Seeing reality as it is: Why having an internal locus of control is important

November 20, 2008 | Comments Off on Seeing reality as it is: Why having an internal locus of control is important

One thing I find unbelievable is how far people will go to blind themselves and their children to the reality. As the old saying goes, the road to hell is paved with good intentions, by avoiding the tough questions in life, we cannot see problems and opportunities as they are. To live an authentic and fulfilling life we must be ready to face both the positive and negative in our lives.

Looking inwards, and examining our own assumptions, beliefs and self righteous positions can be difficult. In her latest book “Why Good People Do Bad Things“, New York Times bestselling author Debbie Ford described a common phenomenon which some people attribute every unfortunate incident to God, and quickly claim that “everything happens for a reason”. According to Ford, the problem of drawing conclusions too quickly is we don’t stop and reflect on our own behavior. Until we carefully examine our own motives, actions and their consequences, we can’t learn the valuable lessons these incidents are trying to teach us. While the claim that “things happen for a reason” may be valid, it is also true that we have the power to create positive outcomes in many cases.

Locus of control” is a psychological term that refers to a person’s belief about what causes the good or bad results in his or her life. For those of us who have an internal locus of control, we believe that we control ourselves and our ultimate destinies. People with an external locus of control often attribute their successes and failures to some outside forces that are not under their control. Psychologists generally accepted that people with a more internal locus of control seem to be better off.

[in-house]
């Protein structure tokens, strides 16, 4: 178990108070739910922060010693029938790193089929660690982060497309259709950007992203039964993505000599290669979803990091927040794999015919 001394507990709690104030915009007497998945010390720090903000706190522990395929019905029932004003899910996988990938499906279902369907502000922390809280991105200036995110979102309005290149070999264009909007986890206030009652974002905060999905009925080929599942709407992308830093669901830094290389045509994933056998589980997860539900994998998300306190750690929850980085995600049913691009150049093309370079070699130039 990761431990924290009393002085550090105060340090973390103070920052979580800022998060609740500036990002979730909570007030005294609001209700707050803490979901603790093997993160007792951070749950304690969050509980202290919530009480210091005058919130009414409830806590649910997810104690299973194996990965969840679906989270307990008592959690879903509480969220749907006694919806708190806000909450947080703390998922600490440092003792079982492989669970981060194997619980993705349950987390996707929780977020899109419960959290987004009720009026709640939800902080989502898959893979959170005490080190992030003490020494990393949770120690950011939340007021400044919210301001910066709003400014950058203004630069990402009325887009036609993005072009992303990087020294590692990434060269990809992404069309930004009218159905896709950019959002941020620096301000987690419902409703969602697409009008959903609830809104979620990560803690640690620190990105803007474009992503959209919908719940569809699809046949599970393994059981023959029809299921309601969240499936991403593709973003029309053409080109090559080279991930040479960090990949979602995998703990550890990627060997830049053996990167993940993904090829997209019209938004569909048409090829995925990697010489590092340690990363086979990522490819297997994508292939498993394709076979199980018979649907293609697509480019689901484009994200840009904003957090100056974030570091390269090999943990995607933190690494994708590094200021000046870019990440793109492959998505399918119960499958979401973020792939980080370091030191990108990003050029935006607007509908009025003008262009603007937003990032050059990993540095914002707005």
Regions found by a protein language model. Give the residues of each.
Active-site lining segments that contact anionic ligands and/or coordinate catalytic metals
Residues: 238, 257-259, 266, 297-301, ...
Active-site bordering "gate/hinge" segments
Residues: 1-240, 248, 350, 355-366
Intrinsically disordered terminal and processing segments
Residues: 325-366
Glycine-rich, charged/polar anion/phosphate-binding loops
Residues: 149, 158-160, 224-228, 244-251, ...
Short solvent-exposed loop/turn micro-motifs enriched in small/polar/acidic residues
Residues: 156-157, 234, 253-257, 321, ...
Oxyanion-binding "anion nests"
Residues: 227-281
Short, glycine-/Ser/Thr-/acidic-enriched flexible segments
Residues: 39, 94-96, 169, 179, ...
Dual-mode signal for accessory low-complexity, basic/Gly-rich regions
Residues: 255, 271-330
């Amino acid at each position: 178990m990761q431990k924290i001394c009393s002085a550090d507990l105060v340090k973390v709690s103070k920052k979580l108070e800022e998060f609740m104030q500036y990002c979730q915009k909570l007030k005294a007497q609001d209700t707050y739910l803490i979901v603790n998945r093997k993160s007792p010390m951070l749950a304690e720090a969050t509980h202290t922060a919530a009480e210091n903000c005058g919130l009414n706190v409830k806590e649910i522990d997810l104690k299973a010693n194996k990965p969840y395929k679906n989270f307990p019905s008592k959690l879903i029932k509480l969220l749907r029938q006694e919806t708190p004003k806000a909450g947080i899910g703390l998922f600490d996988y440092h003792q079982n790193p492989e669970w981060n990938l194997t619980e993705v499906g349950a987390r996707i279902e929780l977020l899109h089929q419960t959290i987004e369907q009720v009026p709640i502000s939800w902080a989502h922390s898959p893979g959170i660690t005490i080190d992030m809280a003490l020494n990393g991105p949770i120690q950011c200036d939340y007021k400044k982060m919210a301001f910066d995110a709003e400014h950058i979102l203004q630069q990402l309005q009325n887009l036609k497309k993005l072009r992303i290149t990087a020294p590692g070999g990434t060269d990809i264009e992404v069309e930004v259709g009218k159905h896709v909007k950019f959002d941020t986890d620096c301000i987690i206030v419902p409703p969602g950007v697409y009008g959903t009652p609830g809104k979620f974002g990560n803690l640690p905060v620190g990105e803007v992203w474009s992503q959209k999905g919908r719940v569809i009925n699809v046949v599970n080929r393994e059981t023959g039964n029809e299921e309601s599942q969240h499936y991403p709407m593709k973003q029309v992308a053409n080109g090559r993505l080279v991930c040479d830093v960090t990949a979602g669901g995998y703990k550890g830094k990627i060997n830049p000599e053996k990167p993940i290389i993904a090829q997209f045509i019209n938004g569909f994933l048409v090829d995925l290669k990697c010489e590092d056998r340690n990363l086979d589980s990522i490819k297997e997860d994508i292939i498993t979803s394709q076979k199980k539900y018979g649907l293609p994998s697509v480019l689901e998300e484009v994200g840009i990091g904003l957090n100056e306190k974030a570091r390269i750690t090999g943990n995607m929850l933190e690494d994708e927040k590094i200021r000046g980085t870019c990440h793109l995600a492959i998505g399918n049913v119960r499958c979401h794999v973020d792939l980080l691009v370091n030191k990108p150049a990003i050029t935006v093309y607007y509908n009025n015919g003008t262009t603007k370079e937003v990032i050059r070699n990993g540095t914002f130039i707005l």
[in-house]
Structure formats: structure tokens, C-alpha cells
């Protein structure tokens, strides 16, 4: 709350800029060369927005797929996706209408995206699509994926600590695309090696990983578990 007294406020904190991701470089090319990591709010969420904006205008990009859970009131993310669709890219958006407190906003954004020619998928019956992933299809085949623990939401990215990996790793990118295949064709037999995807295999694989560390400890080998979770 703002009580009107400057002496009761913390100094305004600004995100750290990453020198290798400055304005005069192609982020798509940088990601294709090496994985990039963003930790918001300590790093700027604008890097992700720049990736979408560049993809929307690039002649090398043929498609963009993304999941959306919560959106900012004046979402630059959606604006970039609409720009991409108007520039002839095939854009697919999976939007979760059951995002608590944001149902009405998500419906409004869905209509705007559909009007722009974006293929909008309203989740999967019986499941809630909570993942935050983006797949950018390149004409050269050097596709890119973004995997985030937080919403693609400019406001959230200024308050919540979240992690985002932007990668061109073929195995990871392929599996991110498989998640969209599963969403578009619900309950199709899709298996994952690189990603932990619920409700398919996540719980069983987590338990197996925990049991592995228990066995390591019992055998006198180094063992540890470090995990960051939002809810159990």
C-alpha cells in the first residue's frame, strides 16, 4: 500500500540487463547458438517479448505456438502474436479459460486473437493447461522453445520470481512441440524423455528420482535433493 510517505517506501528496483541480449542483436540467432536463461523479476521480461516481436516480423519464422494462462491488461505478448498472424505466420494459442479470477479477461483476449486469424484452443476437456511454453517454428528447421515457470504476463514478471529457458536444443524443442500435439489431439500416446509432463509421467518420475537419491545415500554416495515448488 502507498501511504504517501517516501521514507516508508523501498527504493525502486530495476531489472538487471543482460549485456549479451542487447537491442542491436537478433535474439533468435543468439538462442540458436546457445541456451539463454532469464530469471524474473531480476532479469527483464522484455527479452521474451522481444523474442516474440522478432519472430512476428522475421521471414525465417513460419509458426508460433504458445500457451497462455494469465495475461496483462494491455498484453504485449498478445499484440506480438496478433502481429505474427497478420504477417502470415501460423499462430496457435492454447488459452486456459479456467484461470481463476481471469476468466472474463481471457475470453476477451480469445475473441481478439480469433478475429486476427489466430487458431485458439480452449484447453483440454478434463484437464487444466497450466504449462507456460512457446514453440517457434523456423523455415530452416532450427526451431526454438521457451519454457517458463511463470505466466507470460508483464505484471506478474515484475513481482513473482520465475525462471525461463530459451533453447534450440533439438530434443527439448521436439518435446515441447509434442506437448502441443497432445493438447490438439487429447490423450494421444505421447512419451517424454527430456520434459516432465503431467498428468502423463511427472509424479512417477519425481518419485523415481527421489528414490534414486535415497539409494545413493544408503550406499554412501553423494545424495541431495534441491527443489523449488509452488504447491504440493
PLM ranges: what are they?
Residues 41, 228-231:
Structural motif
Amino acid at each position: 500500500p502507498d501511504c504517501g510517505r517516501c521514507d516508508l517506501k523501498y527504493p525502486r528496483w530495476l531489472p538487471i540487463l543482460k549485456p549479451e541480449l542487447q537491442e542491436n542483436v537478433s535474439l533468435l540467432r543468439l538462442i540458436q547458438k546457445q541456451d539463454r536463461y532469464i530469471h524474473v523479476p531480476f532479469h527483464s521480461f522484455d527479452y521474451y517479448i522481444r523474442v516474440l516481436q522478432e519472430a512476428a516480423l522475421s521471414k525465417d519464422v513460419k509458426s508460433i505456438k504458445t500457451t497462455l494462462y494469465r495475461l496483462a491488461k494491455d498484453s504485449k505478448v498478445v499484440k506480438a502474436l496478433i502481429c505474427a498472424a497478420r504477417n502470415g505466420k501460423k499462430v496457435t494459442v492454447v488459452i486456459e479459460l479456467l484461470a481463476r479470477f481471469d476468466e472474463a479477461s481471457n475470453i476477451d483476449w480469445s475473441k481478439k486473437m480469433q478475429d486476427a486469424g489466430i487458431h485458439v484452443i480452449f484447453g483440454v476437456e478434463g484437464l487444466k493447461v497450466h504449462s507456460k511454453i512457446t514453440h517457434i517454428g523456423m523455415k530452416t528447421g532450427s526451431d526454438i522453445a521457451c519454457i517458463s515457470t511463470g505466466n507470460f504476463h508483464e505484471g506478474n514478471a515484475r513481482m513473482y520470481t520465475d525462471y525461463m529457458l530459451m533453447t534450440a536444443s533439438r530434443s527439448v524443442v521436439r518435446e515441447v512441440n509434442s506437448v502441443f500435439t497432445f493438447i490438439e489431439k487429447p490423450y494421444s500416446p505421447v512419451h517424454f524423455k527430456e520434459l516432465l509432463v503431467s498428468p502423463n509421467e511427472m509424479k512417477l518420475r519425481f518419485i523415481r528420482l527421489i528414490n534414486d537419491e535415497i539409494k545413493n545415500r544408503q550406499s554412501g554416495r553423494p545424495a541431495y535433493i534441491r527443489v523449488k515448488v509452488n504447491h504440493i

Being nice is easy, being nice and assertive takes effort. In work and in school, we can not afford to not fight for what we deserve in the hope that people will automatically respond to our needs and wants if we are nice enough. We have to ask for it, if we are not given what we want, we must demand it, earn it, and be ready to fight for it.

Finding the delicate balance between asserting our rights and be seen as a team player is no easy task, especially for introverts or people who are not skilled in tactful negotiation. But often times these are skills that can be learned. The world is full of scheming bullies and indifferent bystanders, it is also full of generous, intelligent and decent people who are willing to help. I would argue that the line between evil and good is not so clear cut. For most of us we are both the bully and the victim, both the perpetrator and the abused, our roles change from one situation to another. Our unresolved issues, resentment and bitterness from the past could drive us to engage in behaviors that are destructive to both ourselves and the people around us. That why compassion is so important. When we suffer from pain and hopelessness, we are often too wrapped up in our own dramas to care for those around us, and we act out our anger and aggression that doesn’t do any one any good. Allow yourself to take a break, visit a day spa or a beautiful park, jog around, or eat at your favorite restaurant. Be kind to yourself and listen to what your mind wants. With a clear and open mind we are more likely to define the problems that drag us down and find solutions to them.


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